Tuesday Poem

The Kitchen Gods

Carnage in the lot: blood freckled the chopping block —
The hen's death is timeless, frantic.
Its numbskull lopped, one wing still drags
The pointless circle of a broken clock,
But the vein fades in my grandmother's arm on the ax.
The old ways fade and do not come back.
The sealed aspirin does not remember the willow.
The supermarket does not remember the barnyard.
The hounds of memory come leaping and yapping.
One morning is too large to fit inside the mouth.
My grandmother's life was a long time
Toiling between Blake's root and lightning
Yahweh and the girlish Renaissance Christ
That plugged the flue in her kitchen wall.
Early her match flames across the carcass.
Her hand, fresh from the piano plunged
The void bowel and set the breadcrumb heart.
The stoves eye reddened. The day's great spirit rose
From pies and casseroles. That was the house —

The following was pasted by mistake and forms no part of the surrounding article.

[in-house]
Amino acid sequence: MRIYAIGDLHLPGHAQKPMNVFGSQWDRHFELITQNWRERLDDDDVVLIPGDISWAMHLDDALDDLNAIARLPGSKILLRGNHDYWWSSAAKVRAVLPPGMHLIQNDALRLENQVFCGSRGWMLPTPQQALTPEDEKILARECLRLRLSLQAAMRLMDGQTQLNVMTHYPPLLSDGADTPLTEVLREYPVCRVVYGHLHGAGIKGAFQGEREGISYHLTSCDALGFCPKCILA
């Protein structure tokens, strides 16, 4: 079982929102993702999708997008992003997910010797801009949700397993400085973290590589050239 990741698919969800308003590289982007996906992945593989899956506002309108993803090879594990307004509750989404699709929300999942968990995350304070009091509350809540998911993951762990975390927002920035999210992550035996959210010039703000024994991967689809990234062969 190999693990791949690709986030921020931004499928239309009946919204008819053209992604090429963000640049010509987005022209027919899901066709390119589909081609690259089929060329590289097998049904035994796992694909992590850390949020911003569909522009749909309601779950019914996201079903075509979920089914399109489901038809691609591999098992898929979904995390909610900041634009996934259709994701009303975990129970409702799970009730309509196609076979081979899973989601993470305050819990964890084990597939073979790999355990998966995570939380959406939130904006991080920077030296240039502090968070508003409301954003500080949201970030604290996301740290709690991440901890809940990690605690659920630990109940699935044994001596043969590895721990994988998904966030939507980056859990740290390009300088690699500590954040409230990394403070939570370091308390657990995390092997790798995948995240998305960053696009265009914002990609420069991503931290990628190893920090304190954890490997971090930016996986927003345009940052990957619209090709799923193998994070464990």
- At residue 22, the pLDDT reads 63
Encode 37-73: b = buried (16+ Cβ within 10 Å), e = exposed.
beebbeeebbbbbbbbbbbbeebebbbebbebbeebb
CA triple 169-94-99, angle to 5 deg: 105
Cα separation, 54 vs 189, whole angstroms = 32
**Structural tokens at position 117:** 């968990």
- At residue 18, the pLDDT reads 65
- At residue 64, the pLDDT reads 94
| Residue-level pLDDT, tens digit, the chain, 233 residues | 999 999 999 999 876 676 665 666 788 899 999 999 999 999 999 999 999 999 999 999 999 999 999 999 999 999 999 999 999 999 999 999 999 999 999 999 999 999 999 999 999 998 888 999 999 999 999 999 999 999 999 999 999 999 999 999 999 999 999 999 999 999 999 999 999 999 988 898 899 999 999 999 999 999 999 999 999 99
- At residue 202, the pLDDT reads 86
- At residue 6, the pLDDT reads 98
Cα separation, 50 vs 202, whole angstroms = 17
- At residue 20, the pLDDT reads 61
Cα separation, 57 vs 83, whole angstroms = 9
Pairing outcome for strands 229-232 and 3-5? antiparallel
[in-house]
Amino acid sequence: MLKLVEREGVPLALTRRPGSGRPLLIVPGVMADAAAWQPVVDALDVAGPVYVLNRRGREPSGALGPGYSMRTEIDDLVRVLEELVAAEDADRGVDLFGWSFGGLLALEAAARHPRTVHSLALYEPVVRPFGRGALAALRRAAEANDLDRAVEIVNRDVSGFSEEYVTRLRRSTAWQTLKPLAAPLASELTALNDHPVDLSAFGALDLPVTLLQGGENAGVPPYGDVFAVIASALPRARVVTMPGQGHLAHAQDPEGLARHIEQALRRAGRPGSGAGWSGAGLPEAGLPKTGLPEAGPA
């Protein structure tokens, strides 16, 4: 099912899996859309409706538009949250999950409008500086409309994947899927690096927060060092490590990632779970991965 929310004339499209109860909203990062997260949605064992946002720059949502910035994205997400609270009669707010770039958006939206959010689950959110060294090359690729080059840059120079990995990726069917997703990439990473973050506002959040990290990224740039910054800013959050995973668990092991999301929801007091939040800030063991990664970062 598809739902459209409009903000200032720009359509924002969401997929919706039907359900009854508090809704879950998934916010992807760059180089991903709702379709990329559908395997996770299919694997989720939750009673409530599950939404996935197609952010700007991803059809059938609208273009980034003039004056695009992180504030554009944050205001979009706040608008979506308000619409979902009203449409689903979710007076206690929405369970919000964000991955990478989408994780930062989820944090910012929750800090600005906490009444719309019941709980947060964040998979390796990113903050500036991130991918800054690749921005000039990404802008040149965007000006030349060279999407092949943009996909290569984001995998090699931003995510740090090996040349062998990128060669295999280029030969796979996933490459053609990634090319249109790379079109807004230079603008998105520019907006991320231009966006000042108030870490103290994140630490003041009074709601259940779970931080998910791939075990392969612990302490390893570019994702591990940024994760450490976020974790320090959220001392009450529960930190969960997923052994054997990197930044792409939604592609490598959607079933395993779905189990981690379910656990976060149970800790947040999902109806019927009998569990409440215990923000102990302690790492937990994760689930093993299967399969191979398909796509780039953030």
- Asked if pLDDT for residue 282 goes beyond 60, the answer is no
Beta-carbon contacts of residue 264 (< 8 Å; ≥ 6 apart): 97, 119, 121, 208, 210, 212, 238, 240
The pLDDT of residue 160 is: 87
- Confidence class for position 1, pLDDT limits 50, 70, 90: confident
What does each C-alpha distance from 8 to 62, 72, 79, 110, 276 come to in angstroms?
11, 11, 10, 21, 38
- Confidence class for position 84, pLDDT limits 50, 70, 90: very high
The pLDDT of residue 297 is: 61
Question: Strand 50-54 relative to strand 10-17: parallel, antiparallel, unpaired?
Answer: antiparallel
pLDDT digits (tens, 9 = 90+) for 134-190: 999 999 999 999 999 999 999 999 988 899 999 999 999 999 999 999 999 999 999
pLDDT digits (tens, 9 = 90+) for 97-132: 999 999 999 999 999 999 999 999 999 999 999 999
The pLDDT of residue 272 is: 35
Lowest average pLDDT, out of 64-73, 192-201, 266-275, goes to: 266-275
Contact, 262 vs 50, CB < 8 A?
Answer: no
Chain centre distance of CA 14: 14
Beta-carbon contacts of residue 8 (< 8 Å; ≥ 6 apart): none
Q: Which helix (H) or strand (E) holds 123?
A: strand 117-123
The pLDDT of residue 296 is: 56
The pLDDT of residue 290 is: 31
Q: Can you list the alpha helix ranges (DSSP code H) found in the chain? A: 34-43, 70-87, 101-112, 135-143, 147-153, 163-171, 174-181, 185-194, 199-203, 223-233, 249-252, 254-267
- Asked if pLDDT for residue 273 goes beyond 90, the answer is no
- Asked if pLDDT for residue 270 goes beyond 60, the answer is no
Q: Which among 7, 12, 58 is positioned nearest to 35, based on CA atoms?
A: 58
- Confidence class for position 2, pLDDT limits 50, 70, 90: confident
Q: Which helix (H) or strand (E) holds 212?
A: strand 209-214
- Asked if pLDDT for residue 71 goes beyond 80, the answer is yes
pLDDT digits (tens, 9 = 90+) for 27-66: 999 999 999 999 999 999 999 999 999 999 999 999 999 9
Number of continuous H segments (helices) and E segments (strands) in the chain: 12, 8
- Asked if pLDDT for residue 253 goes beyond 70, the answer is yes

Reroofed, retiled, modernized, and rented out,
It will not glide up and lock among the stars.
The tenants will not find the pantry fully stocked
Or the brass boat where she kept the matches dry.
I find her stone and rue our last useless
Divisive arguments over the divinity of Christ.
Only where the religion goes on without a god
And the sandwich is wolfed down without blessing,
I think of us bowing at the table there:
The grand patriarch of the family holding forth
In staunch prayer, and the potato pie I worshipped.
The sweeter the pie, the shorter the prayer.

by Rodney Jones
from Transparent Gestures
Houghton Mifflin, 1989